Famous literary meals
"Fear and Loathing in Las Vegas" by Hunter S. Thompson
Growing up Jewish in North Carolina, Christmas was a drag. Stores were closed, friends couldn’t play, random strangers on the street would shout, “Merry Christmas, Jesus loves you!”
“Be polite,” my mother would whisper when I made faces in response, one of many rules surrounding the holiday, which also included don’t tell friends Santa isn’t real (but their parents were lying to them!) and don’t call anyone on Christmas morning.
The trappings of Christmas were alluring – the lights, the music, the food, the presents, the sense of festivity. But they were for Christians, not for us, and that was that.
As an adult, my Jewish identity doesn’t run much deeper than my love of kugel, but I’m happy to celebrate the Jewish holidays entirely for their trappings – I’ve got latke-making down to an art – and ignore the religious side. And my non-Jewish husband is happy to celebrate with me. But, until recently, I couldn’t bring myself to celebrate Christmas with him.
My husband doesn’t understand. Raised in a devout Christian home, he defected from religion as a teenager and still blanches in the manner of a vampire when passing a church. But Christmas? He’s all for it.
“Christmas has become so secularized there’s no reason any American shouldn’t be able to celebrate,” he’s often said.
But I just couldn’t. I didn’t give a second thought to eating bacon on Yom Kippur, but putting up a fir tree in the living room somehow felt like a step too far. I might not have been much of a Jew, but I certainly wasn’t a Christian.
Then we moved to China.
Hong Kongers celebrate Christmas with the lusty enthusiasm of a culture unpinned from the weight of religion or tradition. With no Thanksgiving to act as a barrier, the city is in full Christmas regalia by mid-November. The Blade Runner skyscrapers lining the harbor light up with images of snowflakes and reindeer and candy canes. The half-mile-long outdoor escalator that climbs through the island’s mountainous central district is draped in a shimmering blanket of multicolored fairy lights. The above-ground walkways connecting the buildings of downtown are lit a festive Barbie’s Dream House pink.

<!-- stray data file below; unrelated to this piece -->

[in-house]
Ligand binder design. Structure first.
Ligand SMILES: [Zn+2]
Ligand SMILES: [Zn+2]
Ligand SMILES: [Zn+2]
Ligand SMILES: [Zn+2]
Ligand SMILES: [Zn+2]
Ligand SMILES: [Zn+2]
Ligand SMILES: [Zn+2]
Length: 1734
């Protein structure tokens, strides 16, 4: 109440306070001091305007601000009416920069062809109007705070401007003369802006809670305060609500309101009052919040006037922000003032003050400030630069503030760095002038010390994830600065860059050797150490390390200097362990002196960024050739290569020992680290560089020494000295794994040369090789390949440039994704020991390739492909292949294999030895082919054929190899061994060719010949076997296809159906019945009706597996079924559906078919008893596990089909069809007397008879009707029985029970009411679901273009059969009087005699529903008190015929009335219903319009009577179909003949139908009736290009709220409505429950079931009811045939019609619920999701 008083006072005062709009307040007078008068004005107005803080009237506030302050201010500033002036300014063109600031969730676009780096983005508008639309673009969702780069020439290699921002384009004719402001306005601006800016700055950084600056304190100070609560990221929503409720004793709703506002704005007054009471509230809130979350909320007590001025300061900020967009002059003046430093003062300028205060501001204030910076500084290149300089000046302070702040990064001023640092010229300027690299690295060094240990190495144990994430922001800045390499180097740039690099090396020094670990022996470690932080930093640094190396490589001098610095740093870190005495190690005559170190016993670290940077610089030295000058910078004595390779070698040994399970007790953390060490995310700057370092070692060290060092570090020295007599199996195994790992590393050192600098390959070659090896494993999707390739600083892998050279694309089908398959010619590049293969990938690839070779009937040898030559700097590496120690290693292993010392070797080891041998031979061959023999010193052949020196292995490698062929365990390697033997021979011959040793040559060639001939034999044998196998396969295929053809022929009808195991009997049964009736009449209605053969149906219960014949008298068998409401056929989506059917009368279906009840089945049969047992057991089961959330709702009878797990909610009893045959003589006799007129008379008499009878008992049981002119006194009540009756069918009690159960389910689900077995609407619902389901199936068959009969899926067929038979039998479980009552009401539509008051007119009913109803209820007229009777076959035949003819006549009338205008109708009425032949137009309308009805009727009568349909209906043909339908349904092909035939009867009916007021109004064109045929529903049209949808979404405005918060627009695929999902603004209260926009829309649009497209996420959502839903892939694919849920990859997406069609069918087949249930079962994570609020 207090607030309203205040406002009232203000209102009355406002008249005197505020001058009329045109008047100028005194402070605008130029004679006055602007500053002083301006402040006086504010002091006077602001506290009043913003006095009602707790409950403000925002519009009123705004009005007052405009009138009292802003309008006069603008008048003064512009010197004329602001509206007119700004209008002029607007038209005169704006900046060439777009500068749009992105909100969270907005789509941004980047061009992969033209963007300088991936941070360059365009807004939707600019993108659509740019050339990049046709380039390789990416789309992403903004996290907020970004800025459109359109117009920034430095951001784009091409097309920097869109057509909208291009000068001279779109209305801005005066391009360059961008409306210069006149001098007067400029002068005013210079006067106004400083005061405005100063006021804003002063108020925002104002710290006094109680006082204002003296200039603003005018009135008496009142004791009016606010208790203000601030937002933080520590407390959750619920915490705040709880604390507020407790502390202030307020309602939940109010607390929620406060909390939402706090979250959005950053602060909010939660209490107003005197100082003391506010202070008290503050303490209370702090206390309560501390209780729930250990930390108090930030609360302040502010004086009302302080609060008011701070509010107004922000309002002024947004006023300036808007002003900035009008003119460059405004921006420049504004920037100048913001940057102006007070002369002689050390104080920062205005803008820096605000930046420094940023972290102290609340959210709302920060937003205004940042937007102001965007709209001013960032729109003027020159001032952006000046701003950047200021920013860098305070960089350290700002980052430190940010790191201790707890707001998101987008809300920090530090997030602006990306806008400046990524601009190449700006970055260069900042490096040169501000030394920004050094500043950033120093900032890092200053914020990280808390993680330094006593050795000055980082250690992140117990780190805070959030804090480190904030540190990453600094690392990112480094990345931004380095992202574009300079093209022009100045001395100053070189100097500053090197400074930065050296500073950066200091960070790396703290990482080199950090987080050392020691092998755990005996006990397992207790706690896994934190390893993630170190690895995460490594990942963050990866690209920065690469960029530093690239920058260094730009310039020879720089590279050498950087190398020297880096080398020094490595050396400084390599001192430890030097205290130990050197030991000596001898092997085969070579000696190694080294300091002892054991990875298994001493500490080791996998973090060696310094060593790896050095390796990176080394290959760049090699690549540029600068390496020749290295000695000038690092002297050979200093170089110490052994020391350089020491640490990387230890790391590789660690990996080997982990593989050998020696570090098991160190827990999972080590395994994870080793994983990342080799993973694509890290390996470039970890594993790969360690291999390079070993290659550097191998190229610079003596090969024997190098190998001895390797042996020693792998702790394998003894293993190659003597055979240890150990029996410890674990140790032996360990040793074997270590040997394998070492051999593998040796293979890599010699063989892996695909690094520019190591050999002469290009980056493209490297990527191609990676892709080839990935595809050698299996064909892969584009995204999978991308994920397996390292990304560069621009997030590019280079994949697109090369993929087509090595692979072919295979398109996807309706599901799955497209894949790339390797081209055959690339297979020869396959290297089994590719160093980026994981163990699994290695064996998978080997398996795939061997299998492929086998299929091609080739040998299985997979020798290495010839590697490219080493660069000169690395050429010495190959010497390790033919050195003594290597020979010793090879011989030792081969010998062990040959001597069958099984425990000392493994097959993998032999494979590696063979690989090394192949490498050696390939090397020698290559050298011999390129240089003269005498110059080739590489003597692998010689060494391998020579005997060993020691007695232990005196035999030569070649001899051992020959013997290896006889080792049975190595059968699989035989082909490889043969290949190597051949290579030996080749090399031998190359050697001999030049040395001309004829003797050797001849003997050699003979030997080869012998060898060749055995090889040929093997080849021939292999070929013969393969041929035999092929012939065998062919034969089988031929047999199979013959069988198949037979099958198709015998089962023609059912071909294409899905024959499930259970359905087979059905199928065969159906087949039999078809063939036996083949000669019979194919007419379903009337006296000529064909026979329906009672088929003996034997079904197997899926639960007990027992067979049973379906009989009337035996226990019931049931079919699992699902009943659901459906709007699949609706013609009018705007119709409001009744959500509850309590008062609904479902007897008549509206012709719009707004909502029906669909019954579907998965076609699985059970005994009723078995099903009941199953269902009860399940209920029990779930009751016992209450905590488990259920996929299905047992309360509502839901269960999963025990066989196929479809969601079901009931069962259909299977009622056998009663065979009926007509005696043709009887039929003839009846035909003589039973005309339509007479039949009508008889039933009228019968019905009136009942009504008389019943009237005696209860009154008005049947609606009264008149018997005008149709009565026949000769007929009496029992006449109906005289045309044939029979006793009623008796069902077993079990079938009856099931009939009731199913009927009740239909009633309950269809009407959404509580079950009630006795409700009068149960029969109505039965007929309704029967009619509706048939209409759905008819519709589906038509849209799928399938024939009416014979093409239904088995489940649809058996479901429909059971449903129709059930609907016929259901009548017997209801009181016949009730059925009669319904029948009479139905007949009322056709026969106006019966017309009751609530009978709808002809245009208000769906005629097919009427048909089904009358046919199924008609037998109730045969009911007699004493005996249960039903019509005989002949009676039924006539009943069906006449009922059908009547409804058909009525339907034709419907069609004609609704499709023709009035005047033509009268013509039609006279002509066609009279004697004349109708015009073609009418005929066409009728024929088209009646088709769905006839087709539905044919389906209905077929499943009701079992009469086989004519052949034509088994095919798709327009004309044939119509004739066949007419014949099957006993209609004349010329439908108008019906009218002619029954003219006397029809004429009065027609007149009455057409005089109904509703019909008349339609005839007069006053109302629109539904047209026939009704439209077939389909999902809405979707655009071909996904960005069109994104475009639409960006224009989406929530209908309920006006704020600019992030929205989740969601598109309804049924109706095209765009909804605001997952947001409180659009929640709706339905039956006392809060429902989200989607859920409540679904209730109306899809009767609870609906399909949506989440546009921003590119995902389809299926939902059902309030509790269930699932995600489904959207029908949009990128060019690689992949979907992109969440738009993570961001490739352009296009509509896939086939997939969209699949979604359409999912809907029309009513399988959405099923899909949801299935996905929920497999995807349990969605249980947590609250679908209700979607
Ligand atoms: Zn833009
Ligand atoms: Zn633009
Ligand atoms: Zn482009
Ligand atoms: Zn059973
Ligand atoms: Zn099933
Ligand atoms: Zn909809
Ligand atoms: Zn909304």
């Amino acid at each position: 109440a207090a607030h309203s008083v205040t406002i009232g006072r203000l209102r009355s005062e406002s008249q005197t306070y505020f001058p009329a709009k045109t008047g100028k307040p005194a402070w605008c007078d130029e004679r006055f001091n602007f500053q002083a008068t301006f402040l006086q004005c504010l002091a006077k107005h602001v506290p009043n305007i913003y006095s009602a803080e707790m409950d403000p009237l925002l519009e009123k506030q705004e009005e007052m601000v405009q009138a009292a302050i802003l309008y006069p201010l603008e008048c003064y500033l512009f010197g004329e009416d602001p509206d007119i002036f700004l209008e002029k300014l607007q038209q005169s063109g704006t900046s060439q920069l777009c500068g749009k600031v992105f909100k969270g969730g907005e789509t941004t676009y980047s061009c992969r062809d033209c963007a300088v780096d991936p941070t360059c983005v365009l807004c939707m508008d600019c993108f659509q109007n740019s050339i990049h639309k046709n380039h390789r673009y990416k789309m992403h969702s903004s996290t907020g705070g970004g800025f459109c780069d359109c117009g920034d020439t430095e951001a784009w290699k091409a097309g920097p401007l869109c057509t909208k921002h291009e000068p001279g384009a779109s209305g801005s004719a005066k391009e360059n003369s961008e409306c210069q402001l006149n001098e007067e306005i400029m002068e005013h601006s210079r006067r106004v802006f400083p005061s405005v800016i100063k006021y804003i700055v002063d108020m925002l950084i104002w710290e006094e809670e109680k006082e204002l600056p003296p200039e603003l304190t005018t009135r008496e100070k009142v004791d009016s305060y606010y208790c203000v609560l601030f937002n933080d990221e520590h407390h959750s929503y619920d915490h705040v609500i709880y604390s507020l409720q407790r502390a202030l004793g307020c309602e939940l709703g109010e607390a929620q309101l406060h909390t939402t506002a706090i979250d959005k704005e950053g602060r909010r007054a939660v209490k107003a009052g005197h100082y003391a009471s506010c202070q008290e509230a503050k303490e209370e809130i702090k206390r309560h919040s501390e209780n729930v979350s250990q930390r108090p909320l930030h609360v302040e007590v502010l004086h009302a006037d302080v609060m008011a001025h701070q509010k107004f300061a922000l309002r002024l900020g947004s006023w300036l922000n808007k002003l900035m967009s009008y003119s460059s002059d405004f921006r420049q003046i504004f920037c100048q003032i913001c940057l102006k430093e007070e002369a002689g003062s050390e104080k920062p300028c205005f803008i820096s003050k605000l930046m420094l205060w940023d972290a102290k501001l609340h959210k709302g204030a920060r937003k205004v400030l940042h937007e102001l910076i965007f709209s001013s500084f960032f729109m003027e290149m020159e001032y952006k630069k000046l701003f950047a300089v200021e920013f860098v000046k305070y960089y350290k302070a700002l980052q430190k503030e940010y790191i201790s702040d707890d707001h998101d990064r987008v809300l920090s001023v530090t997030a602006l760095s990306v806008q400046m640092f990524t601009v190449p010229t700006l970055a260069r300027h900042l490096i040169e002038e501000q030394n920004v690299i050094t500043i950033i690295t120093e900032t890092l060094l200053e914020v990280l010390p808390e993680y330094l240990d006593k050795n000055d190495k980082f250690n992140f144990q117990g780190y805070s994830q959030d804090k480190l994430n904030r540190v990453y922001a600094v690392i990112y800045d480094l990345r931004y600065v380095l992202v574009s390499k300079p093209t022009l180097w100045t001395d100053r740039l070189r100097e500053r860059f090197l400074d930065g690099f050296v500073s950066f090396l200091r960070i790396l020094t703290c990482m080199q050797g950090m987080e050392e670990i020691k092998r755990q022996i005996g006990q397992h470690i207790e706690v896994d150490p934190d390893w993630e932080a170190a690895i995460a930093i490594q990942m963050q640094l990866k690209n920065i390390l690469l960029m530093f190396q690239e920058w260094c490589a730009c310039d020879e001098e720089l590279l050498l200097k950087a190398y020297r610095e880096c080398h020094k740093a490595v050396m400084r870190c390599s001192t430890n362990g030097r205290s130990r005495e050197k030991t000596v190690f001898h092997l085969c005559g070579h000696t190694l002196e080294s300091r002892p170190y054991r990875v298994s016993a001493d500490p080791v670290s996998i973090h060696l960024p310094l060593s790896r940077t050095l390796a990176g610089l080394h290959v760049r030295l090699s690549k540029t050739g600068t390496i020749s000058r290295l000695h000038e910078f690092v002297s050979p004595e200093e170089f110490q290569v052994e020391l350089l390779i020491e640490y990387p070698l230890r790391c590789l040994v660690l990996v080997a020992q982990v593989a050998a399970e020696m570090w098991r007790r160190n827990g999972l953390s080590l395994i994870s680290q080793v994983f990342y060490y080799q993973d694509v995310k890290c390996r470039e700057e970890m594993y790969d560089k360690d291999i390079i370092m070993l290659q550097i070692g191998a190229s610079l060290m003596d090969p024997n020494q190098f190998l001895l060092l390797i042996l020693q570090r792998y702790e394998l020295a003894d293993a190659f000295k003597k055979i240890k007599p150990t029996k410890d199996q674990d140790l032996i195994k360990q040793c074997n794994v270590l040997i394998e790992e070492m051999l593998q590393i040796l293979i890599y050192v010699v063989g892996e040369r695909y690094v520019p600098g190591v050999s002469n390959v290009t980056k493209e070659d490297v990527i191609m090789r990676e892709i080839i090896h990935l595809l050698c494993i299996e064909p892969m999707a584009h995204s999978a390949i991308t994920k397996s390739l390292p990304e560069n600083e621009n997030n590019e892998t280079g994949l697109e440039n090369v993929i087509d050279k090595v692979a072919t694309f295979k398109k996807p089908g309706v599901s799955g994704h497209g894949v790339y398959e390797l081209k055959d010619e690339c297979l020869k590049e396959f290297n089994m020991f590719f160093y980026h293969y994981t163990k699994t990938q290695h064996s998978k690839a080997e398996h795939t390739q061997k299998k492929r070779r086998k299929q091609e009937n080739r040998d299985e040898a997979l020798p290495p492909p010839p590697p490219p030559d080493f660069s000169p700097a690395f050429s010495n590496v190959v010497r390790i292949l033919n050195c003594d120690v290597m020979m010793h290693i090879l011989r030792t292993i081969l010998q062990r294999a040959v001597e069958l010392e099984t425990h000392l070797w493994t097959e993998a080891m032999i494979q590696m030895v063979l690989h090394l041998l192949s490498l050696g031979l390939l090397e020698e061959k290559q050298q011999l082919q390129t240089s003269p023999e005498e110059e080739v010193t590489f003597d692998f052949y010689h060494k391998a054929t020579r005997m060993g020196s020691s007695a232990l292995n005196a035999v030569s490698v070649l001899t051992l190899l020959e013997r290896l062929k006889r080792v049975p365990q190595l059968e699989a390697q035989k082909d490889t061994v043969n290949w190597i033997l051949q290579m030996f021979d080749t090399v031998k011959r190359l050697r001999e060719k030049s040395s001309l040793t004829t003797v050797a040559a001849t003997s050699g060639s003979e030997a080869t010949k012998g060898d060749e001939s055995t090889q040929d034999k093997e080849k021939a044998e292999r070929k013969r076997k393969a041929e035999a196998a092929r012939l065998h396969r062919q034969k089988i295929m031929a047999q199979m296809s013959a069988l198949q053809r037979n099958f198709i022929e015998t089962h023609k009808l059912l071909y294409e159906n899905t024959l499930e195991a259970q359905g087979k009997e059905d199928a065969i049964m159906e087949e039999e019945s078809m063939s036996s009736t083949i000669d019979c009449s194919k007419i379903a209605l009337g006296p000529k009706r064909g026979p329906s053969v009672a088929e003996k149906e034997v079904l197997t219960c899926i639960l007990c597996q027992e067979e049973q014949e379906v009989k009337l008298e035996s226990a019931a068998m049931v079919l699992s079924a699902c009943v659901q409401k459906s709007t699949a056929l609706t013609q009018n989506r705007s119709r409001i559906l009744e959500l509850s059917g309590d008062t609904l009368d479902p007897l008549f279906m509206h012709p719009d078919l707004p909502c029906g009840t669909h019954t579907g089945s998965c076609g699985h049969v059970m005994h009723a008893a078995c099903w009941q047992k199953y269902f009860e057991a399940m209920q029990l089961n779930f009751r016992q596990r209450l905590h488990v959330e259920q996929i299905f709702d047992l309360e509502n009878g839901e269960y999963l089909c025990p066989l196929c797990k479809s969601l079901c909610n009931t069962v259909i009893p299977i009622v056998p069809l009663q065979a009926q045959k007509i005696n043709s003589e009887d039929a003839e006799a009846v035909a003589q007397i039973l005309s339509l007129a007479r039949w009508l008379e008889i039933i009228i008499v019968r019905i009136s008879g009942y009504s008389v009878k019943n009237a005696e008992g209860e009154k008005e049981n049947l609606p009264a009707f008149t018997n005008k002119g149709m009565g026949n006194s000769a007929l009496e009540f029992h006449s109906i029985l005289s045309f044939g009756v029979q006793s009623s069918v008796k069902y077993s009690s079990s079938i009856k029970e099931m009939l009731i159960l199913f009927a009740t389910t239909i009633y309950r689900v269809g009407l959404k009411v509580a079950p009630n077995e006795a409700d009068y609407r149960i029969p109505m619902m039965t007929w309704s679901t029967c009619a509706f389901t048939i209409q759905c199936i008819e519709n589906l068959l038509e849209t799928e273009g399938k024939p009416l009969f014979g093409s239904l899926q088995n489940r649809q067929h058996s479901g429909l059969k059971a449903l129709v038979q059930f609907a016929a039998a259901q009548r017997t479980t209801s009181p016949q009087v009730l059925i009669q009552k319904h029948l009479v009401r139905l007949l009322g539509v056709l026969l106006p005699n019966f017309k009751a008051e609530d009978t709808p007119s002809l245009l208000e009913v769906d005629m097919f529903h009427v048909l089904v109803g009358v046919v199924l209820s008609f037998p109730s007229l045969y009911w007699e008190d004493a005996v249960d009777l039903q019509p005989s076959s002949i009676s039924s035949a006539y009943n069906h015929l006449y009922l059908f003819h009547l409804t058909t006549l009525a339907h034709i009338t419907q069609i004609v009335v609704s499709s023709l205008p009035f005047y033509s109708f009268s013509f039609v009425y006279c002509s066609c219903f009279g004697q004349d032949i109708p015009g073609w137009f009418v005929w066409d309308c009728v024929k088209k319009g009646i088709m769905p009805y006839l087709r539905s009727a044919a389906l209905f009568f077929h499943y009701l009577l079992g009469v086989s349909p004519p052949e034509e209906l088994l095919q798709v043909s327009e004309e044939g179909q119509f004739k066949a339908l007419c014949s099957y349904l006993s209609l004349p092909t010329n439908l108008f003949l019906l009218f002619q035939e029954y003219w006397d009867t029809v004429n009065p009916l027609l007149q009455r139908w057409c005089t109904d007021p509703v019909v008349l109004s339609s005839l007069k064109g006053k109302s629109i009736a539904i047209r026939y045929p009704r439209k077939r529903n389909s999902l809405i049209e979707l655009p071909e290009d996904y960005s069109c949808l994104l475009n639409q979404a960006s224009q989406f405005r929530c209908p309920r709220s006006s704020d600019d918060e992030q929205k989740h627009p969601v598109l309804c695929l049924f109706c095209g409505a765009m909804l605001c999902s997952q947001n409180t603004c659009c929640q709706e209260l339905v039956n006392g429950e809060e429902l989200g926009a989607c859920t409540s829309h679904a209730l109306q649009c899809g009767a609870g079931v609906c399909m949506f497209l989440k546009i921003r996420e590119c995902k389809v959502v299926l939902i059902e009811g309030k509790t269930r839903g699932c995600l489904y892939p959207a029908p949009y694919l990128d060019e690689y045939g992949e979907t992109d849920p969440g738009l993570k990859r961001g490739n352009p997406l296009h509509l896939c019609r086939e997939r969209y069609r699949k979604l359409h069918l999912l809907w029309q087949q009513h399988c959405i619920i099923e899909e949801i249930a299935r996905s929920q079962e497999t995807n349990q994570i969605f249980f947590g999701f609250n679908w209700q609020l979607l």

Though there are towering, blinged-out Christmas trees at every turn (a Swarovski crystal tree! A Tiffany’s jewelry tree! A fine china tree!), many of the city’s holiday decorations are head-scratchingly detached from any Western-approved Christmas symbolism. Skyscrapers decorated with dragons and unicorns, floating Hello Kitty balloon heads, golden blimps, 20-foot tall teddy bears, magenta butterflies mounted on city lampposts. Last year, one high-end shopping mall featured a display of life-sized mannequins sitting around a fireplace, each entirely covered in pink-and-purple yarn.
“Remember the reason for the season”? Not here. Like the rest of China, Hong Kong regularly ranks as one of the least religious places on earth. Only about 35 percent of all Hong Kongers claim any religion; of those, about a third are Christian, just 10% of the entire population.
Yet everyone from wealthy mainland tourists snapping up Prada bags to working-class teens singing carols in McDonald’s gets into the holiday spirit. On Christmas Eve and Christmas Day, locals shop with fearsome intensity (Christmas sales are considered a prime time for stocking up on new clothes, shoes and accessories ahead of the Lunar New Year). Afterwards, the wealthy repair to hotels for Christmas buffets of sushi and Lobster Thermidor and Peking duck, while the rest have celebratory cook-outs in the city’s many public barbecue parks, visit relatives, or go sing karaoke. Later, there will be fireworks over the harbor, red and gold and blue and purple spangles falling into the dark water.
The whole production is hyper-commercial, blindingly bright, boomingly loud.
And I love it.
Detached from religion, Christmas in Hong Kong is distilled into all the things I’ve always admired: the food, the light, the presents, the extravagant sense of celebration. Following locals’ examples, I almost feel like I can participate without declaring myself some sort of wannabe Christian. My first year here, I found myself fondling koi-shaped cloisonné Christmas tree ornaments in the street market. In the back of my mind, an image of a tree blossomed. A tree covered in interesting, meaningful ornaments gathered from our travels, our friends — perhaps one day, our children. But, still unable to cross the line, I bought ornaments for friends and my in-laws, but not for us.
Christmas is increasingly celebrated as a secular holiday in minority-Christian countries such as Singapore, Japan and India. While some might say this is just an effect of a hyper-consumerist, Westernized global economy, I think it has much to do with a near-instinctual human desire for brightness, warmth and connection in the middle of dark winter, with the desire to look forward to something big and special at the end of a long year. This is a desire that predates Christianity: though no one knows when Jesus was actually born, December 25th was likely chosen as Christmas because it coincided with preexisting Roman festivals of light, merriment and present-giving.
So while I’m never going to be a Christian, I might as well give in to these atavistic cravings and celebrate Christmas as a Hong Konger. That is to say, take what I like, and leave the rest. So I won’t be singing “Away in a Manger” or hanging an Advent calendar. But maybe, this year, I’ll have my own koi-shaped ornament hanging on a tree.
Emily Matchar is a Chapel Hill, NC-based writer whose work has appeared in Men's Journal, Gourmet, Babble and lots of others.More Emily Matchar.
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